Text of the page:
Irritable Bowel Syndrome (IBS) What is it?
• It is a “syndrome,” meaning a group of symptoms, not a disease.
• IBS affects the colon or large bowel, which is the part of the digestive tract that stores stool.
- Abdominal pain
- White mucus in stool
Explore and Research Your Symptoms
- List of symptoms
What can be done?
• Test for food allergies.
• Consider doing a colon/toxin cleanse.
• Conventional medicine has side effects that mimic IBS.
• Eliminate fatty foods (French fries), dairy products (cheese or ice cream), chocolate, alcohol and caffeinated drinks (coffee and soda).
• Increase dietary fiber in diet.
• Drink plenty of water each day.
• Yoga and walks are easy on the body.
• Reduce Stress.
• Take Probiotics. A good variety: Lactobacillus acidophilus 1-2 billion a day.
• There is not a cure or a cause for IBS. It is best to adapt to a whole foods diet and lifestyle.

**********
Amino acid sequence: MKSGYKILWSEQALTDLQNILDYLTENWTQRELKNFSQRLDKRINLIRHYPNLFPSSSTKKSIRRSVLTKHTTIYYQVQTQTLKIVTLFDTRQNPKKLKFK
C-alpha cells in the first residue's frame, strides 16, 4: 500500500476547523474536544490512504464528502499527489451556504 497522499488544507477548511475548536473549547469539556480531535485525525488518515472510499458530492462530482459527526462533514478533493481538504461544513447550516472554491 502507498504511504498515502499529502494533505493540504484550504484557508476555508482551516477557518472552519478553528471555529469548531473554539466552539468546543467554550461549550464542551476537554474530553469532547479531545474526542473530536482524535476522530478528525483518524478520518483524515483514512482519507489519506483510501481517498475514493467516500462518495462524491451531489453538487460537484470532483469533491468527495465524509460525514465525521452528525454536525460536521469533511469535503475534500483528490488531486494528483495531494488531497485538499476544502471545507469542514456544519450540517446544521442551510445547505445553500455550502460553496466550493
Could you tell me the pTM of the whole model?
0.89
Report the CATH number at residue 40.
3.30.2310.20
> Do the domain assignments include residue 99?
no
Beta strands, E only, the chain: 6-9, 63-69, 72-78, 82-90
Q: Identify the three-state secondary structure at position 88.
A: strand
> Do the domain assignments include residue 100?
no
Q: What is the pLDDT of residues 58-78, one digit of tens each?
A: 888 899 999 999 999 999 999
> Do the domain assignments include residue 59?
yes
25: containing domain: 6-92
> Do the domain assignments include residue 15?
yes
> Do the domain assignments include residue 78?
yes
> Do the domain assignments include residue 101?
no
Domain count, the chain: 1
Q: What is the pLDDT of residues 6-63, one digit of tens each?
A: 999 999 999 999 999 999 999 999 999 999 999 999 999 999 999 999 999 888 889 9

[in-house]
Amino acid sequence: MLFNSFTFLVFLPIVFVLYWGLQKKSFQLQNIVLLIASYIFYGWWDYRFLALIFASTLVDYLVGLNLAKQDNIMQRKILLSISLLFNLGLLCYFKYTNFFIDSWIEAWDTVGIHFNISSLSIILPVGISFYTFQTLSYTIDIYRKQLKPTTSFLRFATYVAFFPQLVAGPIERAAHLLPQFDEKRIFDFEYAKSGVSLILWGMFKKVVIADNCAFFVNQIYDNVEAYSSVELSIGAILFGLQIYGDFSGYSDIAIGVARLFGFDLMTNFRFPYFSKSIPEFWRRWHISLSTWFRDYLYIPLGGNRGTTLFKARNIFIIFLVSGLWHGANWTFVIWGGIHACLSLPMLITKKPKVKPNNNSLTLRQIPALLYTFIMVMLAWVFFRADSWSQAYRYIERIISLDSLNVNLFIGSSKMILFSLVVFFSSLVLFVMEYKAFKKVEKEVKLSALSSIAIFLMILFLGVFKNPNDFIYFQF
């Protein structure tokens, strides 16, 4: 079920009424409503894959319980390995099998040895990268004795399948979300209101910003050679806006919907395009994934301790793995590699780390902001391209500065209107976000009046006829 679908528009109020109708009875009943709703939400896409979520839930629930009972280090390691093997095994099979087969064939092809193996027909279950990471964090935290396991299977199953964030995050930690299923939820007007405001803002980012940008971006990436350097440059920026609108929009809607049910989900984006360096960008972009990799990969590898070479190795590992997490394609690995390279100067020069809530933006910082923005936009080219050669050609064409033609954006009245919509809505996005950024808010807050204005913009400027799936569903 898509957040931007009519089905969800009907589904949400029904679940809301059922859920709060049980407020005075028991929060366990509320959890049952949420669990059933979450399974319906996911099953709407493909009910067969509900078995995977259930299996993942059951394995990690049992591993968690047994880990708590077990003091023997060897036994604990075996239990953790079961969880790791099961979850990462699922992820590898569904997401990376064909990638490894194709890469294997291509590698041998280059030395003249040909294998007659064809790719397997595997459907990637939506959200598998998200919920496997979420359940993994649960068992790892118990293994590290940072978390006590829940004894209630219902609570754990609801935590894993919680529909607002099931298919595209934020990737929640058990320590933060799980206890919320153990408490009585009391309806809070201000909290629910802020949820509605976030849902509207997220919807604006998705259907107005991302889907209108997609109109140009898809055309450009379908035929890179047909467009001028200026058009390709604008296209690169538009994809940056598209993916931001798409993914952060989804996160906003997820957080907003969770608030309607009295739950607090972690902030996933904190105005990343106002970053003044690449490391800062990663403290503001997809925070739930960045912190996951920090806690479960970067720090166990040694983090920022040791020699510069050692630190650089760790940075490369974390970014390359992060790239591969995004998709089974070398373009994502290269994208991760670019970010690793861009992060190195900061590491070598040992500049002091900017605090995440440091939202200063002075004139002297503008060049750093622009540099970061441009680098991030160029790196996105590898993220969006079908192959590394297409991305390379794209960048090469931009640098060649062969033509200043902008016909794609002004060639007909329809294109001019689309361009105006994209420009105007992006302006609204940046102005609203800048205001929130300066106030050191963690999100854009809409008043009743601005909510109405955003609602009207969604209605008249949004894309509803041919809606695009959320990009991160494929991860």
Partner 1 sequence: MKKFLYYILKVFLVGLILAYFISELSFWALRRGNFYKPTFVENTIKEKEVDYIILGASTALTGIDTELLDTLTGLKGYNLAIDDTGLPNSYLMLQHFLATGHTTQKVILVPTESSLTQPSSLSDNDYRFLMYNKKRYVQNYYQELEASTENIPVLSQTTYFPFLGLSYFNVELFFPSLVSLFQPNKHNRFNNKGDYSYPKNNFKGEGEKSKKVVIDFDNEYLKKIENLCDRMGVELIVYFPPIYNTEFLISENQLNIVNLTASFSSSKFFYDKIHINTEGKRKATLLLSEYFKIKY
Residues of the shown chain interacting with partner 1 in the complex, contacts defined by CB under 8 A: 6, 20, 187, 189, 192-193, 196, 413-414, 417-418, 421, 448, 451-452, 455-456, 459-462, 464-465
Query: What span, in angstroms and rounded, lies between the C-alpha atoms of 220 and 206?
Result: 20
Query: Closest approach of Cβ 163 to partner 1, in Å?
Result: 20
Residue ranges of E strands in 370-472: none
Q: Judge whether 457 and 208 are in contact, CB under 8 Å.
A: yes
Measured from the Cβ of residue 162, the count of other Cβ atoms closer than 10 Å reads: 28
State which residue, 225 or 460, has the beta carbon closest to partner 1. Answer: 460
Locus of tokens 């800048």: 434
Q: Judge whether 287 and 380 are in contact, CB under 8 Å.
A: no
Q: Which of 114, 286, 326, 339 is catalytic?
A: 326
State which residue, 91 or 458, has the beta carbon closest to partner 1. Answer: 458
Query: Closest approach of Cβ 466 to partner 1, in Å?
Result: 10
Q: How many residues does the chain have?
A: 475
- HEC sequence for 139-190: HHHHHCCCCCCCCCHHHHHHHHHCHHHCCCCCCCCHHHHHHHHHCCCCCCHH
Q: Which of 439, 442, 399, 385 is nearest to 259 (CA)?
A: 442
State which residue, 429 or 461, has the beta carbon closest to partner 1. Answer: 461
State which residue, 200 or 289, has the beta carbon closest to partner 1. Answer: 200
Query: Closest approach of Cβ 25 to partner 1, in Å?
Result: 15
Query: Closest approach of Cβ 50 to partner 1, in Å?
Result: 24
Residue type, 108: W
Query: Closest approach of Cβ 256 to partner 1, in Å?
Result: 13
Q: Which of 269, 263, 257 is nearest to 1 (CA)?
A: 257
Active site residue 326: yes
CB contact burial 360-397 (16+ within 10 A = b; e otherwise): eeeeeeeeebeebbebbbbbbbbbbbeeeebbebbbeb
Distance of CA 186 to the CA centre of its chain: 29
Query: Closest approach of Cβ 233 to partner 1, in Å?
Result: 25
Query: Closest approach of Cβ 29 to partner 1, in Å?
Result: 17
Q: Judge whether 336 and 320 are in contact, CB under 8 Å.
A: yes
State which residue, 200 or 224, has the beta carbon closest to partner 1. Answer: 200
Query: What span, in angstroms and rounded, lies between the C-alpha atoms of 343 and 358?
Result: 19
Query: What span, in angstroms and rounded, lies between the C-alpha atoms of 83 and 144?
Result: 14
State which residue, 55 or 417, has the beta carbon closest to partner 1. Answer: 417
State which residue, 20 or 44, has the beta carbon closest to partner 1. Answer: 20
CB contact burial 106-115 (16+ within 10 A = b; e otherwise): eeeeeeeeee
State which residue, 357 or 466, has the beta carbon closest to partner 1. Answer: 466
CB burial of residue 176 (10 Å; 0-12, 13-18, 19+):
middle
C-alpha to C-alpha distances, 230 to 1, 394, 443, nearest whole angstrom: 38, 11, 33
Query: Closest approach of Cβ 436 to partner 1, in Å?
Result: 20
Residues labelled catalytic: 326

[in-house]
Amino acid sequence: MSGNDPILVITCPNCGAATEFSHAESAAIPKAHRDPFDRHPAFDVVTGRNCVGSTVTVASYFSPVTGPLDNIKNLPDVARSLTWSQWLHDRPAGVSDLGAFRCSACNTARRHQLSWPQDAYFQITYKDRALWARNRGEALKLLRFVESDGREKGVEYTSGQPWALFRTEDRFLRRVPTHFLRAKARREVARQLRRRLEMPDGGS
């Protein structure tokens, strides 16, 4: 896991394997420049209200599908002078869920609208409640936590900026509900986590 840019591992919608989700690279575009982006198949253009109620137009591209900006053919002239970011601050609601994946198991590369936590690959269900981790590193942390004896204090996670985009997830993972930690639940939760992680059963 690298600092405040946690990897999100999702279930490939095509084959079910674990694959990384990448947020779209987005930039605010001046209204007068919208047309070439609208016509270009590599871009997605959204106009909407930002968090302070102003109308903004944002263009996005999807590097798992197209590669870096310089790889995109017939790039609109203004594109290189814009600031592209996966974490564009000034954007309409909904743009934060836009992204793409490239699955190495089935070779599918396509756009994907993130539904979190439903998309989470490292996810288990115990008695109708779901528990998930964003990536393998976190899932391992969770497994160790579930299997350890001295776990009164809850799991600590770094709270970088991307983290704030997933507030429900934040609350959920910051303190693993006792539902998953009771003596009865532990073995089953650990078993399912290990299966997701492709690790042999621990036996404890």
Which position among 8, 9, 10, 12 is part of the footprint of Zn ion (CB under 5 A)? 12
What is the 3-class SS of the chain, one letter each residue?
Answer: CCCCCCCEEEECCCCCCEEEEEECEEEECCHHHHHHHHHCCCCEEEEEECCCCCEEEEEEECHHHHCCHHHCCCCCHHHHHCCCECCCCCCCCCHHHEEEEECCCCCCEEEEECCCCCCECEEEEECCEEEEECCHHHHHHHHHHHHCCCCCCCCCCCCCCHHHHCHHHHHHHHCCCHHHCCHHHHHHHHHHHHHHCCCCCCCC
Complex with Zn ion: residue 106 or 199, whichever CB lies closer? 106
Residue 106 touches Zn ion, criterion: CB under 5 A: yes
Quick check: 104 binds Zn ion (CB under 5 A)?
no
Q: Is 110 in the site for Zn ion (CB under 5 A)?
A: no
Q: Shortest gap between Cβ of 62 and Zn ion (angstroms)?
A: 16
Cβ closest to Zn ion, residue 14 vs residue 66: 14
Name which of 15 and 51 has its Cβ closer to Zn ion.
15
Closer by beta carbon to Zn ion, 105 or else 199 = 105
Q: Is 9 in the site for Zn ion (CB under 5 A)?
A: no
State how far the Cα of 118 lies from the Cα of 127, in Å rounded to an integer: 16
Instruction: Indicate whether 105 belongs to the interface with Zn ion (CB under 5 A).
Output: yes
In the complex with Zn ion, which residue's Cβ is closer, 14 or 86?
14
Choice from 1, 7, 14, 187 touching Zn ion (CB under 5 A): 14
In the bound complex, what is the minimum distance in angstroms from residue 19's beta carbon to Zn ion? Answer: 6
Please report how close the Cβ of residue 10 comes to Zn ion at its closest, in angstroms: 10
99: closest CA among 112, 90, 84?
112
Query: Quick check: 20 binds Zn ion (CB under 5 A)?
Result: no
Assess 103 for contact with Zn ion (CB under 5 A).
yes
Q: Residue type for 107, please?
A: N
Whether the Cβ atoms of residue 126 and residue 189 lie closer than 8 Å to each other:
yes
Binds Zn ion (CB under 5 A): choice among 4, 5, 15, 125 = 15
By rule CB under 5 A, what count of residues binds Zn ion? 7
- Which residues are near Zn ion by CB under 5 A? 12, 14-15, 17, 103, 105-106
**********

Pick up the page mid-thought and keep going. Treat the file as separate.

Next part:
Psychology and IBS
• Dealing with it can be emotionally stressful and draining.
• About half of all people attending hospital clinics with IBS have an additional significant psychological problem such as anxiety or depression.
• Most people with IBS will admit that their IBS symptoms are worse during times of psychological pressure.
• Stress can worsen the symptoms of IBS.
Denver Nutrition, LLC is owned and operated by Debbie Allen, Functional Nutritionist. As a Master Nutrition Therapist and Certified Natural Health Practitioner, Debbie provides services based on credible medical research and scientific evidence. This site offers health, wellness and nutritional information and is designed for educational purposes only. Please Note: Working with a nutritionist should not and does not take the place of medical advice or care. Before starting any nutrition program, please seek the advice of a medical doctor.